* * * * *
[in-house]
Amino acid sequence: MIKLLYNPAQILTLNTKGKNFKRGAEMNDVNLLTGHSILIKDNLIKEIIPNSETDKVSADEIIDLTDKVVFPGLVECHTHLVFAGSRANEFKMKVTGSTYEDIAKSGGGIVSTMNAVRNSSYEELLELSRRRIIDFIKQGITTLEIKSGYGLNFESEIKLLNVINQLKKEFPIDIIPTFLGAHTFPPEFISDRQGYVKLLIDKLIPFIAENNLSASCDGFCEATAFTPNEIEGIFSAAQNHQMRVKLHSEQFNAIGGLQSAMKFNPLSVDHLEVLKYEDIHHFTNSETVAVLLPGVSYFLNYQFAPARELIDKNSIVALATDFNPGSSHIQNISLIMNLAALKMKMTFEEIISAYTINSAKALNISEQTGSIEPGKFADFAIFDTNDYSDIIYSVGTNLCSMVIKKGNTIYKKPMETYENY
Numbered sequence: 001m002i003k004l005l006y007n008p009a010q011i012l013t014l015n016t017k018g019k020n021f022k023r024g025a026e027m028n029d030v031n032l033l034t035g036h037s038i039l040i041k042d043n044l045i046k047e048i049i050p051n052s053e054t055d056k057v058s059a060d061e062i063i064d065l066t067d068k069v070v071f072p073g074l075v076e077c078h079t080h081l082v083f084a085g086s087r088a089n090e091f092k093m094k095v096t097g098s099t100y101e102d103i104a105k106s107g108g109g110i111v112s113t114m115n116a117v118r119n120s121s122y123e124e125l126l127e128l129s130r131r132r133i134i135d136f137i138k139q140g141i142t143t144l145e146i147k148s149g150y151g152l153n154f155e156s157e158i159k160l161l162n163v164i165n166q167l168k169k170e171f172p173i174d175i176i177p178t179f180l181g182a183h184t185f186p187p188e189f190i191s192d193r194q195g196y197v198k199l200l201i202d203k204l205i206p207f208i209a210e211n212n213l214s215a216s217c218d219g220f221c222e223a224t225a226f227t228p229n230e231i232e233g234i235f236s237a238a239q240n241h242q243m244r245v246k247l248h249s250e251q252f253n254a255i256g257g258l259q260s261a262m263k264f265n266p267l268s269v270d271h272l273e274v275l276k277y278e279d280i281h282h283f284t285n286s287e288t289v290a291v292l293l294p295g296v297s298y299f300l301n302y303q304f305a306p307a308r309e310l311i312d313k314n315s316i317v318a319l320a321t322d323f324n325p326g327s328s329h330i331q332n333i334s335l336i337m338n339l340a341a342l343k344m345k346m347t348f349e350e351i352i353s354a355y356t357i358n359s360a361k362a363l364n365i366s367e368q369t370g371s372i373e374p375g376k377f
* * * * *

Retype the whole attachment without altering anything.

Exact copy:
[in-house]
Amino acid sequence: MIKLLYNPAQILTLNTKGKNFKRGAEMNDVNLLTGHSILIKDNLIKEIIPNSETDKVSADEIIDLTDKVVFPGLVECHTHLVFAGSRANEFKMKVTGSTYEDIAKSGGGIVSTMNAVRNSSYEELLELSRRRIIDFIKQGITTLEIKSGYGLNFESEIKLLNVINQLKKEFPIDIIPTFLGAHTFPPEFISDRQGYVKLLIDKLIPFIAENNLSASCDGFCEATAFTPNEIEGIFSAAQNHQMRVKLHSEQFNAIGGLQSAMKFNPLSVDHLEVLKYEDIHHFTNSETVAVLLPGVSYFLNYQFAPARELIDKNSIVALATDFNPGSSHIQNISLIMNLAALKMKMTFEEIISAYTINSAKALNISEQTGSIEPGKFADFAIFDTNDYSDIIYSVGTNLCSMVIKKGNTIYKKPMETYENY
Numbered sequence: 001m002i003k004l005l006y007n008p009a010q011i012l013t014l015n016t017k018g019k020n021f022k023r024g025a026e027m028n029d030v031n032l033l034t035g036h037s038i039l040i041k042d043n044l045i046k047e048i049i050p051n052s053e054t055d056k057v058s059a060d061e062i063i064d065l066t067d068k069v070v071f072p073g074l075v076e077c078h079t080h081l082v083f084a085g086s087r088a089n090e091f092k093m094k095v096t097g098s099t100y101e102d103i104a105k106s107g108g109g110i111v112s113t114m115n116a117v118r119n120s121s122y123e124e125l126l127e128l129s130r131r132r133i134i135d136f137i138k139q140g141i142t143t144l145e146i147k148s149g150y151g152l153n154f155e156s157e158i159k160l161l162n163v164i165n166q167l168k169k170e171f172p173i174d175i176i177p178t179f180l181g182a183h184t185f186p187p188e189f190i191s192d193r194q195g196y197v198k199l200l201i202d203k204l205i206p207f208i209a210e211n212n213l214s215a216s217c218d219g220f221c222e223a224t225a226f227t228p229n230e231i232e233g234i235f236s237a238a239q240n241h242q243m244r245v246k247l248h249s250e251q252f253n254a255i256g257g258l259q260s261a262m263k264f265n266p267l268s269v270d271h272l273e274v275l276k277y278e279d280i281h282h283f284t285n286s287e288t289v290a291v292l293l294p295g296v297s298y299f300l301n302y303q304f305a306p307a308r309e310l311i312d313k314n315s316i317v318a319l320a321t322d323f324n325p326g327s328s329h330i331q332n333i334s335l336i337m338n339l340a341a342l343k344m345k346m347t348f349e350e351i352i353s354a355y356t357i358n359s360a361k362a363l364n365i366s367e368q369t370g371s372i373e374p375g376k377f